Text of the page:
When exposing properties in a type, make sure to keep the logic inside the definition as minimal as possible. Instead, consider moving any logic into a presenter:

class Types::MergeRequestType < BaseObject
  present_using MergeRequestPresenter

  name 'MergeRequest'
end

An existing presenter could be used, but it is also possible to create a new presenter specifically for GraphQL.

The presenter is initialized using the object resolved by a field, and the context.

Nullable fields

GraphQL allows fields to be “nullable” or “non-nullable”. The former means that null may be returned instead of a value of the specified type. In general, you should prefer using nullable fields to non-nullable ones, for the following reasons:

  • It’s common for data to switch from required to not-required, and back again
  • Even when there is no prospect of a field becoming optional, it may not be available at query time
    • For instance, the content of a blob may need to be looked up from Gitaly
    • If the content is nullable, we can return a partial response, instead of failing the whole query
  • Changing from a non-nullable field to a nullable field is difficult with a versionless schema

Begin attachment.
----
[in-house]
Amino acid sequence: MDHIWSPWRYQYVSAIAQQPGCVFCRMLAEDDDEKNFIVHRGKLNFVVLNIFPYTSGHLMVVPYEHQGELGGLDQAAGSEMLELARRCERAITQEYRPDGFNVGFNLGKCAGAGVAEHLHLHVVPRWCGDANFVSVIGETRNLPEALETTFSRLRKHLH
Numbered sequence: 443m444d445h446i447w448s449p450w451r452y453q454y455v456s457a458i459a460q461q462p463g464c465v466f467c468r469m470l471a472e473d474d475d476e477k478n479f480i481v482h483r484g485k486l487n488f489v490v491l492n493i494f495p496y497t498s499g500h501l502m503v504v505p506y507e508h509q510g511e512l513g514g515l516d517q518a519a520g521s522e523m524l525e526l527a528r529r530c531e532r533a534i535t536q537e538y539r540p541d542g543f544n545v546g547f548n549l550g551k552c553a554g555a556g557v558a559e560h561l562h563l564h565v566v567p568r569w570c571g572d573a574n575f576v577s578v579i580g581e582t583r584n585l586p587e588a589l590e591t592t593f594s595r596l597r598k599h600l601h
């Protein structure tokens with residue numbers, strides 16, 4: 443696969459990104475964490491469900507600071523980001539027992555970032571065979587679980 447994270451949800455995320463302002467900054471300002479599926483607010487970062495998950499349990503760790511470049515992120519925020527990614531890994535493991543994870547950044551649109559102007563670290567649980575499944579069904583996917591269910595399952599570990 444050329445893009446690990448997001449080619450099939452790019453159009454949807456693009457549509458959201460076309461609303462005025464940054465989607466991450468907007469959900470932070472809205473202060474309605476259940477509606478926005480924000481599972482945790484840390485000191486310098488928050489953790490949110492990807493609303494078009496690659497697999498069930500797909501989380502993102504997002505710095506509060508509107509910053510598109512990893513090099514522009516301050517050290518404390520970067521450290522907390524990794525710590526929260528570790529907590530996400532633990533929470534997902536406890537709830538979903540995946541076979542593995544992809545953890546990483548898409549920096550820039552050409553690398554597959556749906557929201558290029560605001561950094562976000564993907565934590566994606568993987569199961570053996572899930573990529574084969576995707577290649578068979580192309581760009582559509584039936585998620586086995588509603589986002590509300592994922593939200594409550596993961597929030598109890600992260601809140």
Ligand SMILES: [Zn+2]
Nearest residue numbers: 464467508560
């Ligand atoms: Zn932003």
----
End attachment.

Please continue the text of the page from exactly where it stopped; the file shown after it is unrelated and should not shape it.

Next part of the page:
Non-nullable fields should only be used when a field is required, very unlikely to become optional in the future, and very easy to calculate. An example would be id fields.

Further reading:

Exposing Global IDs

In keeping with GitLab’s use of Global IDs, always convert database primary key IDs into Global IDs when you expose them.

All fields named id are converted automatically into the object’s Global ID.

Fields that are not named id need to be manually converted. We can do this using Gitlab::GlobalID.build, or by calling #to_global_id on an object that has mixed in the GlobalID::Identification module.

Using an example from Types::Notes::DiscussionType:

field :reply_id, GraphQL::ID_TYPE

def reply_id
  ::Gitlab::GlobalId.build(object, id: object.reply_id)
end

Connection types

Tip: For specifics on implementation, see Pagination implementation.

GraphQL uses cursor based pagination to expose collections of items. This provides the clients with a lot of flexibility while also allowing the backend to use different pagination models.

To expose a collection of resources we can use a connection type. This wraps the array with default pagination fields. For example a query for project-pipelines could look like this:

query($project_path: ID!) {
  project(fullPath: $project_path) {